Matthew Offenbacher:
May 12 - June 16, 2019

A few years ago, I painted a bunch of pictures based on the ancient Greek romance novel Daphnis and Chloe. The main characters are an incredibly naive shepherd and goatherd who love and live happily ever after in a pastoral fantasy. I wanted to retreat into this world. I was trying to paint shamelessly—with disregard for results or responsibilities, with a self-granted permission to just enjoy the sensations of painting.
    For me, painting and shame are tightly bound together. The shame is manyfold: the shame of uselessness and unproductivity, of private pleasure, of selling, of not selling, of unearned privilege, colonial histories, objectification and naiveté, of wanting to be a genius. Trying to suspend shame wasn’t a strategic move—it was more like a desperate act to see if there was anything salvageable in painting for me.
    The experiment worked and didn’t work. I am proud of these paintings and also ashamed of them. What I understand better now is that this double feeling comes from facing up to the special blend of resentment and sentiment that results from having power that is taken for granted, and then losing some of that power (both by giving it away and having it taken).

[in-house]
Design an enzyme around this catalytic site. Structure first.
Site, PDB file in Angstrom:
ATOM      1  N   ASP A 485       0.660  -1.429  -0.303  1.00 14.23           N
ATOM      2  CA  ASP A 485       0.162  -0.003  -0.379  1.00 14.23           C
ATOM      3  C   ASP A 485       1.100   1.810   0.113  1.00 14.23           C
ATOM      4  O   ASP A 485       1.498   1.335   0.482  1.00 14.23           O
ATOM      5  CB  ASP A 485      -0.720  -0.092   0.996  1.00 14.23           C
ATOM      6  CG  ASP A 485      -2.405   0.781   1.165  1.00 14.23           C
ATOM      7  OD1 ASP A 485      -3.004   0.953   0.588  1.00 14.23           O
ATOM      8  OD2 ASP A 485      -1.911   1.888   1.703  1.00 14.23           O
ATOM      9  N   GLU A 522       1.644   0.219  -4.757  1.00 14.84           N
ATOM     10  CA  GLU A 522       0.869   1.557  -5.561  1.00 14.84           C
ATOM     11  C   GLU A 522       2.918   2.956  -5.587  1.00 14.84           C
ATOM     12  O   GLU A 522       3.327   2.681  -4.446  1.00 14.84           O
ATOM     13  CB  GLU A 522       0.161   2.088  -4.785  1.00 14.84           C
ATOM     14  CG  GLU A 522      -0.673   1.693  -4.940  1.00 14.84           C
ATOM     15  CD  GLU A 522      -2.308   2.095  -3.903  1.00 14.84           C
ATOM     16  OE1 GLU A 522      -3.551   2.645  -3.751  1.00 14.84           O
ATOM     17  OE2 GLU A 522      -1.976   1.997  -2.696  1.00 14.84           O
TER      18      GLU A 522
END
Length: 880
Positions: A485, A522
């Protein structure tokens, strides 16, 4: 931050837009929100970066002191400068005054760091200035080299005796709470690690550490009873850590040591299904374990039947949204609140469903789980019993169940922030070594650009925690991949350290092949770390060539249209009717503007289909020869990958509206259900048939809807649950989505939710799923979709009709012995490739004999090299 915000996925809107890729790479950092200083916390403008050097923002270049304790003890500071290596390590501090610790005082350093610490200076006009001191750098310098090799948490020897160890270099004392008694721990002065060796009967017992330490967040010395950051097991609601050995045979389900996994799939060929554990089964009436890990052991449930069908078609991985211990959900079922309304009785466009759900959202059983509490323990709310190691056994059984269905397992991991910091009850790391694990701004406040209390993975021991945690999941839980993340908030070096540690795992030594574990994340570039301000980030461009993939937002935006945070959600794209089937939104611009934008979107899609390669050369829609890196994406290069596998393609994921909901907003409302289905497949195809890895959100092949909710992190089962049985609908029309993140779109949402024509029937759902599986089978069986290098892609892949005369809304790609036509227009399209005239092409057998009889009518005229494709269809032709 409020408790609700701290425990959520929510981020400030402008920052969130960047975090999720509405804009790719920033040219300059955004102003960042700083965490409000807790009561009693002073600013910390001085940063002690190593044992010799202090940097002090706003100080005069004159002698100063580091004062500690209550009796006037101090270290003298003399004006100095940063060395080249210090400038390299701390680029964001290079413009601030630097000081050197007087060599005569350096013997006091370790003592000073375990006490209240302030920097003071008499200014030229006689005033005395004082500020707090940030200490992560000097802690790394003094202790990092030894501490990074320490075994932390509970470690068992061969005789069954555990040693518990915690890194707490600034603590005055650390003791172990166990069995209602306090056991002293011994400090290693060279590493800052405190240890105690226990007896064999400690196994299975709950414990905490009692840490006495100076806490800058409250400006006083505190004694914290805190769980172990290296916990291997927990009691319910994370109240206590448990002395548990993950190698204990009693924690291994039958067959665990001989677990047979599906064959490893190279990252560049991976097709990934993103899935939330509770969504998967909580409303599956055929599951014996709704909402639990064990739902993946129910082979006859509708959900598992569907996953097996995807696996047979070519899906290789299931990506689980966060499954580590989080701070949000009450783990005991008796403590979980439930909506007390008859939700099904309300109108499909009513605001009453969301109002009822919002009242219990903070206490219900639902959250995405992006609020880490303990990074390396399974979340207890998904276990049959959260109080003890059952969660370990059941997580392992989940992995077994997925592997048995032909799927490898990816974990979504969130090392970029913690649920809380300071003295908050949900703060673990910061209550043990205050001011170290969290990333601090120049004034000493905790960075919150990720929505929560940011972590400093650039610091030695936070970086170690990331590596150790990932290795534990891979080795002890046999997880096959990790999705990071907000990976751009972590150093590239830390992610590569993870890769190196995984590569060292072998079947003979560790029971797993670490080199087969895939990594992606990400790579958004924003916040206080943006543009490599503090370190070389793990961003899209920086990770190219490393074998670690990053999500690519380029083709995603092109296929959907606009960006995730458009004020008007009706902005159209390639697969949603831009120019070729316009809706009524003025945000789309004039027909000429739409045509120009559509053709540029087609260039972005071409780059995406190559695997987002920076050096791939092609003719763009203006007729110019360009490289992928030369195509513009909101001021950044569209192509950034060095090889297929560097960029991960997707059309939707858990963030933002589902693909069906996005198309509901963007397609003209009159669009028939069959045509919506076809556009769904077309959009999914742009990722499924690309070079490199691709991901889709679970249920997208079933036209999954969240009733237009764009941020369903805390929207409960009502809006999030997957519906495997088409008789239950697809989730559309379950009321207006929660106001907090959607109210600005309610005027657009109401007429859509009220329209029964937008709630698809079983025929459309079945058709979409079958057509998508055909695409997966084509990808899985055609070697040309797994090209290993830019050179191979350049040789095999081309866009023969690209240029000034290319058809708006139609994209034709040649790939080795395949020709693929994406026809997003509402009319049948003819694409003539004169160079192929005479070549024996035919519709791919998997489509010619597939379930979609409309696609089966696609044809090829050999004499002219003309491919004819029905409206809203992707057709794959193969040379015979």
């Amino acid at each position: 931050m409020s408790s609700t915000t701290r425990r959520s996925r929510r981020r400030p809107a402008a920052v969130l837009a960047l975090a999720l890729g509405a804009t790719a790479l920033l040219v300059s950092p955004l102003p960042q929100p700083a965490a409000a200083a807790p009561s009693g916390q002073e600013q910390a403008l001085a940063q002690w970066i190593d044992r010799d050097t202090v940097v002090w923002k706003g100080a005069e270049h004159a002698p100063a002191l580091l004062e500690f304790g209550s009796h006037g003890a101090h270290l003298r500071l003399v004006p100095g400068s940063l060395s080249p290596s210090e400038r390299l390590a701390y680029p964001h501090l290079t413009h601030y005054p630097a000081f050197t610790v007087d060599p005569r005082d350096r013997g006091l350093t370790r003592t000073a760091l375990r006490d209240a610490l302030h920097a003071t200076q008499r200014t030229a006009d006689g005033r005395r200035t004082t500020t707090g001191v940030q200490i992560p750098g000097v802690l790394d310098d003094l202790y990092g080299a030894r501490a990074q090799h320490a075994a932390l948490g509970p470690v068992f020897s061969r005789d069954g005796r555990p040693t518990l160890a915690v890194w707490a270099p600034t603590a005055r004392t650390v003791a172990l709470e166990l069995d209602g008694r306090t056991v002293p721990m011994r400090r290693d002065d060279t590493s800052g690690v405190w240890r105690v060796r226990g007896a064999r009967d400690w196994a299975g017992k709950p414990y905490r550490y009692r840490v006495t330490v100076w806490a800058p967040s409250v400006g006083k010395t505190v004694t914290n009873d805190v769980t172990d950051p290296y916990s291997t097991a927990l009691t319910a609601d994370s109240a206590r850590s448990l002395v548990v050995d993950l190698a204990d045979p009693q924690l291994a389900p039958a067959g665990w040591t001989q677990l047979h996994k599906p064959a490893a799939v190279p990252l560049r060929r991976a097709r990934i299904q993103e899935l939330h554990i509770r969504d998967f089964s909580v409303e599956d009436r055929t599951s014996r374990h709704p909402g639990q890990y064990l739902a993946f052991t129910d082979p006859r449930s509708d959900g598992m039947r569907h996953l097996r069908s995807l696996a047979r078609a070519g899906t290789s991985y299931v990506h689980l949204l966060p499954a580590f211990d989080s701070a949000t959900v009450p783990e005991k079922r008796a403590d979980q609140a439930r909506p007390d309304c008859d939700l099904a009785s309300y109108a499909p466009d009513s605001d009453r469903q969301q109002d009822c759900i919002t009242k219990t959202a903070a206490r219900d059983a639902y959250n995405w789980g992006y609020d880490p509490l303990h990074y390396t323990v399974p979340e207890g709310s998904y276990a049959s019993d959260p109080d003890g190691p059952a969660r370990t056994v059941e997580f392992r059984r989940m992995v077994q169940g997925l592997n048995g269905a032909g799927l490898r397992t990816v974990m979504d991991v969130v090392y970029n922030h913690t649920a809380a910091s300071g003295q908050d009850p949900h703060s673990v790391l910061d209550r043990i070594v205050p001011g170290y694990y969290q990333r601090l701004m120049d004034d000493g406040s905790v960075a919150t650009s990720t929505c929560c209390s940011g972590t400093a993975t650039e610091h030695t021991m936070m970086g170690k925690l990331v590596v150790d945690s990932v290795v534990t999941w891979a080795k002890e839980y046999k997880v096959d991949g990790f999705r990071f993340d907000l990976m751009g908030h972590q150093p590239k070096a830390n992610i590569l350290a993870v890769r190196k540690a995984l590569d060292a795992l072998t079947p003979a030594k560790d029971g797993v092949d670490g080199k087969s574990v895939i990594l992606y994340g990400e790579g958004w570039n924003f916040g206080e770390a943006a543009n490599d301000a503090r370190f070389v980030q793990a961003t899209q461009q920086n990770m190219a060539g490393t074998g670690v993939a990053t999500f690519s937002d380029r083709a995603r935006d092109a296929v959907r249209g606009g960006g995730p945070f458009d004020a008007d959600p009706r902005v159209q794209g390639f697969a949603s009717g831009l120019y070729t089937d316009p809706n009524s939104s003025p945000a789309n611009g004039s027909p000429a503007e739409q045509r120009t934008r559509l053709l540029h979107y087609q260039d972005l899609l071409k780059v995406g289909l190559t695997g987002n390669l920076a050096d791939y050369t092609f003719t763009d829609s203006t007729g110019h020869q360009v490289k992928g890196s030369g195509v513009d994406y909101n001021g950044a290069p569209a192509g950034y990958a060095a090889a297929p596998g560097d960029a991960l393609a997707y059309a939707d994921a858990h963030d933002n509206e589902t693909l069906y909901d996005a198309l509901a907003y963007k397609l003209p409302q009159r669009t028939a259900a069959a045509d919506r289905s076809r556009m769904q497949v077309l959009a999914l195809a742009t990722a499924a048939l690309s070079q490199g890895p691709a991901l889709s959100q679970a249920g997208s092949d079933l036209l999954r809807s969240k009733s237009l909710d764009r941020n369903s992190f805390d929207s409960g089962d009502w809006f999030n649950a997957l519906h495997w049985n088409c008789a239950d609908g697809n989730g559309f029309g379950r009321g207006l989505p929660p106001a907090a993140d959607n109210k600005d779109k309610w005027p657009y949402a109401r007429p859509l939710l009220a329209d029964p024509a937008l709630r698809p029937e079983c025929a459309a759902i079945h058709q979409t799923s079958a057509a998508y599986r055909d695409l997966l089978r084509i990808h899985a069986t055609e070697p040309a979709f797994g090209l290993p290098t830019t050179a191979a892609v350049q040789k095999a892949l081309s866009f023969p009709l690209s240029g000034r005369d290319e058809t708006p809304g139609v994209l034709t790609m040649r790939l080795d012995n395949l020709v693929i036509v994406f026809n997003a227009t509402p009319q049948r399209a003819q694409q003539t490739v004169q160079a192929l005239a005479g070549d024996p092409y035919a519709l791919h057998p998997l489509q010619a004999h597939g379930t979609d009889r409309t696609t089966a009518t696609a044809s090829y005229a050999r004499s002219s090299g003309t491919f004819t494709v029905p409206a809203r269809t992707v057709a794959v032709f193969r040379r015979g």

During my residency, I will host a training for anyone interested in learning basic bystander intervention techniques to use when you see someone being harassed. I will also work on a dance performance, a work in progress, that uses these paintings as both score and scenery, to think about the link between ancient Greek iconography and supremacist ideologies, the strangeness of whiteness and maleness, to the accompaniment of classic rock.

Open Studio 

Every Tuesday, 2-6 pm
Saturday, May 25, noon-4 pm
Saturday, June 8, 6-9pm
(for Georgetown Art Attack)
Other times by appointment


Saturday, June 8, 3-5 pm

Saturday, June 15
Drop by anytime between 3-5 pm